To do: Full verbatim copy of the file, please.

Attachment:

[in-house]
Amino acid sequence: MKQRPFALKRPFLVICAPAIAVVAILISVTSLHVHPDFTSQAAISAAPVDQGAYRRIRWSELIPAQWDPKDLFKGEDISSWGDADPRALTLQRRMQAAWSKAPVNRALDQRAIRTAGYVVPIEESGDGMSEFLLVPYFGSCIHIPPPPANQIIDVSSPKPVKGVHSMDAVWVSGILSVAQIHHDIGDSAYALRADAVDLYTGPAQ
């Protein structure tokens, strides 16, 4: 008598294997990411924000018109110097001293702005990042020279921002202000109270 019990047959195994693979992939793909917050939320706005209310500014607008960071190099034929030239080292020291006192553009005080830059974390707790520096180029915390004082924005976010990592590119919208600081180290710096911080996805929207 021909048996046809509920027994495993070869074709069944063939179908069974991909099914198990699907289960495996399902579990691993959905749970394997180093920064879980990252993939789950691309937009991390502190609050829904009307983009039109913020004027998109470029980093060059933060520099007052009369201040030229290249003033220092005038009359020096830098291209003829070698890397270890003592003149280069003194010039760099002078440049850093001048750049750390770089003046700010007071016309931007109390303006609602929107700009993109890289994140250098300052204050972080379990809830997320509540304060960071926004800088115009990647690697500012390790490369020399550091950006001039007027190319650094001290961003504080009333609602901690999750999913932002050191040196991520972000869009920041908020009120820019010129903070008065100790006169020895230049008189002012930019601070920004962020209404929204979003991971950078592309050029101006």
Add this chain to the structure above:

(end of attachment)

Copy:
[in-house]
Amino acid sequence: MKQRPFALKRPFLVICAPAIAVVAILISVTSLHVHPDFTSQAAISAAPVDQGAYRRIRWSELIPAQWDPKDLFKGEDISSWGDADPRALTLQRRMQAAWSKAPVNRALDQRAIRTAGYVVPIEESGDGMSEFLLVPYFGSCIHIPPPPANQIIDVSSPKPVKGVHSMDAVWVSGILSVAQIHHDIGDSAYALRADAVDLYTGPAQ
């Protein structure tokens, strides 16, 4: 008598294997990411924000018109110097001293702005990042020279921002202000109270 019990047959195994693979992939793909917050939320706005209310500014607008960071190099034929030239080292020291006192553009005080830059974390707790520096180029915390004082924005976010990592590119919208600081180290710096911080996805929207 021909048996046809509920027994495993070869074709069944063939179908069974991909099914198990699907289960495996399902579990691993959905749970394997180093920064879980990252993939789950691309937009991390502190609050829904009307983009039109913020004027998109470029980093060059933060520099007052009369201040030229290249003033220092005038009359020096830098291209003829070698890397270890003592003149280069003194010039760099002078440049850093001048750049750390770089003046700010007071016309931007109390303006609602929107700009993109890289994140250098300052204050972080379990809830997320509540304060960071926004800088115009990647690697500012390790490369020399550091950006001039007027190319650094001290961003504080009333609602901690999750999913932002050191040196991520972000869009920041908020009120820019010129903070008065100790006169020895230049008189002012930019601070920004962020209404929204979003991971950078592309050029101006």
Add this chain to the structure above: